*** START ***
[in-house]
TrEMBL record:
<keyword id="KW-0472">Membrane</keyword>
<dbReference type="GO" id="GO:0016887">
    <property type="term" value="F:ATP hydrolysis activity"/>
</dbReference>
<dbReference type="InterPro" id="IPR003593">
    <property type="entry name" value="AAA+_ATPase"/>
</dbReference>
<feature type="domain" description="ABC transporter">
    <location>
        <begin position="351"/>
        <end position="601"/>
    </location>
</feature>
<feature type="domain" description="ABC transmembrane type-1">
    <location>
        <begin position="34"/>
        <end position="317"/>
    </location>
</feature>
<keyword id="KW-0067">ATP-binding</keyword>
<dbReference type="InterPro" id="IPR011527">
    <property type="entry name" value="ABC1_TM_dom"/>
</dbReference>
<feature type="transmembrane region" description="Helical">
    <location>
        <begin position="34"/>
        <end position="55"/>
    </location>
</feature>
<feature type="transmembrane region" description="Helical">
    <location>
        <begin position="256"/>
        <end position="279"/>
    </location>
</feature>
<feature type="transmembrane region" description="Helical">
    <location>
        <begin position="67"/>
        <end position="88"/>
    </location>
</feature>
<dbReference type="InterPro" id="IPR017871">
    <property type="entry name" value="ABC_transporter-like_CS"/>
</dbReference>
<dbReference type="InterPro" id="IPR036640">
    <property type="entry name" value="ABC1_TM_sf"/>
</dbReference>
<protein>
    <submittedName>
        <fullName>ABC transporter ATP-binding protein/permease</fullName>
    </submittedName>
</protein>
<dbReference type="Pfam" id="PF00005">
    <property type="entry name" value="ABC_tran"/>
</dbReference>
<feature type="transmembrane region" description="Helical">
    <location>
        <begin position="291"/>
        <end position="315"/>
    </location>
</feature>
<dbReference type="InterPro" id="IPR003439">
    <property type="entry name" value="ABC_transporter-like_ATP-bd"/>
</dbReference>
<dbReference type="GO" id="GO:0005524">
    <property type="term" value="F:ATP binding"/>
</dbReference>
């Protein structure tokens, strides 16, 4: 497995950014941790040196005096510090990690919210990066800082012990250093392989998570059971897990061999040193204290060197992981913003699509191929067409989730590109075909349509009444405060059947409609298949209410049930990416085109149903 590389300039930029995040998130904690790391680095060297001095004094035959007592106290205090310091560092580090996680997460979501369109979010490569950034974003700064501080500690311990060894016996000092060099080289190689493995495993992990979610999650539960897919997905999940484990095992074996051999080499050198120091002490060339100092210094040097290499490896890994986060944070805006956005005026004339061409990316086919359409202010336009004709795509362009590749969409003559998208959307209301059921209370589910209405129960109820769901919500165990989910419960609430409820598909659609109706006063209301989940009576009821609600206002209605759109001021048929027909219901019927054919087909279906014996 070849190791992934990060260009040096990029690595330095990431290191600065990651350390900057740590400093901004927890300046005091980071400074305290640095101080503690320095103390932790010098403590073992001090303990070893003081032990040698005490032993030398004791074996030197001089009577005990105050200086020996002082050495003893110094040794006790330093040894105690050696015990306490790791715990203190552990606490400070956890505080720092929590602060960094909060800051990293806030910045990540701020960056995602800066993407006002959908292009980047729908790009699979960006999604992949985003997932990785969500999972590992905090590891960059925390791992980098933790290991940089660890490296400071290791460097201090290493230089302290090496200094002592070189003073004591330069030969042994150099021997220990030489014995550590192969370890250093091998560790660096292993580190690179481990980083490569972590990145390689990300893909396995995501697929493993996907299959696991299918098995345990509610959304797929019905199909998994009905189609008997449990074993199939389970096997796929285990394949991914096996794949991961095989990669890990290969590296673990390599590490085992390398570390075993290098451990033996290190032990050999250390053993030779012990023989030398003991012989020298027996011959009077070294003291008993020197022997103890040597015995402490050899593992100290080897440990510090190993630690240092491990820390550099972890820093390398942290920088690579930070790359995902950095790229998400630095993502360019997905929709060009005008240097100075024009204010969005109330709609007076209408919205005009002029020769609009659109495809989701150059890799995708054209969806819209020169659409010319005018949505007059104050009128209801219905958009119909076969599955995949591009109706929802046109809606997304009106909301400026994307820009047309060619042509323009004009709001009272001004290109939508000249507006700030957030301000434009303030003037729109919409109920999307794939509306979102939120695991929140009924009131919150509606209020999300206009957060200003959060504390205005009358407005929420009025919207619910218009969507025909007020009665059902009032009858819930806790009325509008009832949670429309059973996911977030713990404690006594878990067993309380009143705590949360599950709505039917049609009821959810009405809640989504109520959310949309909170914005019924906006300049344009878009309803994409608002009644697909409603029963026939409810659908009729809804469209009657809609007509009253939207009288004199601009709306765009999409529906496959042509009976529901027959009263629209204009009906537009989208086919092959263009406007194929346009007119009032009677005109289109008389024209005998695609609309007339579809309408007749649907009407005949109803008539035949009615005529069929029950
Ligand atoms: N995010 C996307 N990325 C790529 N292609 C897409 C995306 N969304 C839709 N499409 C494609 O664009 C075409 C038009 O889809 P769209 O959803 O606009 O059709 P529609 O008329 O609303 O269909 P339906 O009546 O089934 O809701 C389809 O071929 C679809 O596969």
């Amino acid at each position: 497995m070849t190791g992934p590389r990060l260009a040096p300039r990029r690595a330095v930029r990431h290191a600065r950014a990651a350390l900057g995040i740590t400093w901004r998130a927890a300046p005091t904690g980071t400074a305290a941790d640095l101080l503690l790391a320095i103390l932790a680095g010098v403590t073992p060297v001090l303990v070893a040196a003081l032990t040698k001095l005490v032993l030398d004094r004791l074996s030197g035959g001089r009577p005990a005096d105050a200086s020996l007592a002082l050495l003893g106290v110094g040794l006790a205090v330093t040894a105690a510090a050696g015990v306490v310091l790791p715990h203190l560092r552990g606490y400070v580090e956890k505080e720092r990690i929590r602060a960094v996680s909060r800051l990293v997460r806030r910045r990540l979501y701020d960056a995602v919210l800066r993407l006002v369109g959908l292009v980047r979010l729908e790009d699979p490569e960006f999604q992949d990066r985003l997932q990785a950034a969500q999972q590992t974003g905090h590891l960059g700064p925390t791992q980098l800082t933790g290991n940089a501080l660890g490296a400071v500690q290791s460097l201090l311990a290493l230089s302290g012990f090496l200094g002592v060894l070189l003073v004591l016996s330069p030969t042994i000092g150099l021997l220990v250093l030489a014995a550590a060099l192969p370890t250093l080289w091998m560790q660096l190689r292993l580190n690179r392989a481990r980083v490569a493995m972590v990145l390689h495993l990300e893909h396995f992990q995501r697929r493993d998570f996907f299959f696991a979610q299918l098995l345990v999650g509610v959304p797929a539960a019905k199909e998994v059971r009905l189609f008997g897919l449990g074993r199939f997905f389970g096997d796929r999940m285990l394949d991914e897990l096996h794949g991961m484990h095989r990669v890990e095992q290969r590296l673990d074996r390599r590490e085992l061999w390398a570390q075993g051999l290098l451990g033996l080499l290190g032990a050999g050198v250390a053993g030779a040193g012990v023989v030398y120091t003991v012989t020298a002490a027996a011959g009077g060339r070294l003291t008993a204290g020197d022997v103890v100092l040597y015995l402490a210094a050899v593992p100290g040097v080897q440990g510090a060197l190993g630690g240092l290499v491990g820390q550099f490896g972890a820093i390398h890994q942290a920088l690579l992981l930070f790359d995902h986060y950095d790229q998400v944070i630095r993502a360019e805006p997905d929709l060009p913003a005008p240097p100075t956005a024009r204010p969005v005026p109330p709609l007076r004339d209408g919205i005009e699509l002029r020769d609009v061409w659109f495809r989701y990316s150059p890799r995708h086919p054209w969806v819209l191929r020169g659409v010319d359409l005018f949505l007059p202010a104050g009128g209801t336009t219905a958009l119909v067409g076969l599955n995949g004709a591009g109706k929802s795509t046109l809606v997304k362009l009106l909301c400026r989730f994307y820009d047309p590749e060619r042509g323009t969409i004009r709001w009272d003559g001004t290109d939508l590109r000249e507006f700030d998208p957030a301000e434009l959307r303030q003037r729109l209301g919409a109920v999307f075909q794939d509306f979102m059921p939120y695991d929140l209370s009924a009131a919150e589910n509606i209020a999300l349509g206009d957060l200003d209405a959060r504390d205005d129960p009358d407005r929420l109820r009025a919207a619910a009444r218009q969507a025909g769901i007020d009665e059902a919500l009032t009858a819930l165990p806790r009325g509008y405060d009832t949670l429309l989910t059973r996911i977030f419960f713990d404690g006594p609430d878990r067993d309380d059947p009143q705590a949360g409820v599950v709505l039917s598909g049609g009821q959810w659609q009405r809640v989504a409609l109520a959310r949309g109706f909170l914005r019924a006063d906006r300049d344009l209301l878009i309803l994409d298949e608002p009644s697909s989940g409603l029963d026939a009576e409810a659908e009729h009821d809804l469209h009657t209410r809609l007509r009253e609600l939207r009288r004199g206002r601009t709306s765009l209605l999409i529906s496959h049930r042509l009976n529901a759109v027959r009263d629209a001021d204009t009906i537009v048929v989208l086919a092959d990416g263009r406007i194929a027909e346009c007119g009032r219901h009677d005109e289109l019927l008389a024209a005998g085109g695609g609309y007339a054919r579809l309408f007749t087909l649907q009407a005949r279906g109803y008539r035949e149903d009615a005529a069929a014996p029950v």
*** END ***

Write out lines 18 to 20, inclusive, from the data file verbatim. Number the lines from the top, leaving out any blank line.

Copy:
        <begin position="34"/>
        <end position="317"/>
    </location>